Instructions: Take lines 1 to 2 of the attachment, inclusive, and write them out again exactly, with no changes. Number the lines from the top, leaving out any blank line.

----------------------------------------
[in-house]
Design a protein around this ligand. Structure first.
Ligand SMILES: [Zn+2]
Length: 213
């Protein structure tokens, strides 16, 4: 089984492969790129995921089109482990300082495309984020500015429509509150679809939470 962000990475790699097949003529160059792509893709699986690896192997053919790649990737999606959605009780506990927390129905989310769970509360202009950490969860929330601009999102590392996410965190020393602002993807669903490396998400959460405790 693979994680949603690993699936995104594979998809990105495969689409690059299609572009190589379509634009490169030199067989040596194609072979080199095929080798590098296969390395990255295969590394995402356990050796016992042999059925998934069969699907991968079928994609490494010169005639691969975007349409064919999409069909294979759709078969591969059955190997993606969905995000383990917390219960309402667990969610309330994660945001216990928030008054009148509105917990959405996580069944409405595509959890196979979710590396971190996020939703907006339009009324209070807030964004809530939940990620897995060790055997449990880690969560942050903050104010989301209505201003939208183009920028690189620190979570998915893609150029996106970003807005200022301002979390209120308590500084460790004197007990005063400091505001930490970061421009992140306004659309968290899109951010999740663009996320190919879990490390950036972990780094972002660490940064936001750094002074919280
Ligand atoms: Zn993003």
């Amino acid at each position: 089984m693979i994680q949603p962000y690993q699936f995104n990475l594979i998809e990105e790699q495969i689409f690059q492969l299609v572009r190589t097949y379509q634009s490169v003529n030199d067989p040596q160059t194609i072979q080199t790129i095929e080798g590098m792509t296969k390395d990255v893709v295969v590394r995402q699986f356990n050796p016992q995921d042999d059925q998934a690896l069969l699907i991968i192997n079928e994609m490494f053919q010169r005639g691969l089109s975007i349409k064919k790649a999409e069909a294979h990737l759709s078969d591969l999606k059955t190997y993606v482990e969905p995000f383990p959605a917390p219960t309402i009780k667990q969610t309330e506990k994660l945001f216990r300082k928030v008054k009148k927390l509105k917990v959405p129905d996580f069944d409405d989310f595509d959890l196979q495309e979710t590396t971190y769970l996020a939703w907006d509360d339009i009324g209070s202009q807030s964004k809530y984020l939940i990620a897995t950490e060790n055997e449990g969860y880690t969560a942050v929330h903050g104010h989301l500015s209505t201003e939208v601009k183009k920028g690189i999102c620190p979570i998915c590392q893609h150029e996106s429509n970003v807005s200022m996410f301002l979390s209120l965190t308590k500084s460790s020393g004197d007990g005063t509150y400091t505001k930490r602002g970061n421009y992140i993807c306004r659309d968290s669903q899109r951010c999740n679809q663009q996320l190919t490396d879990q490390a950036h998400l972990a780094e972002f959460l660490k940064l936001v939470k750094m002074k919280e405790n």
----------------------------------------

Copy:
[in-house]
Design a protein around this ligand. Structure first.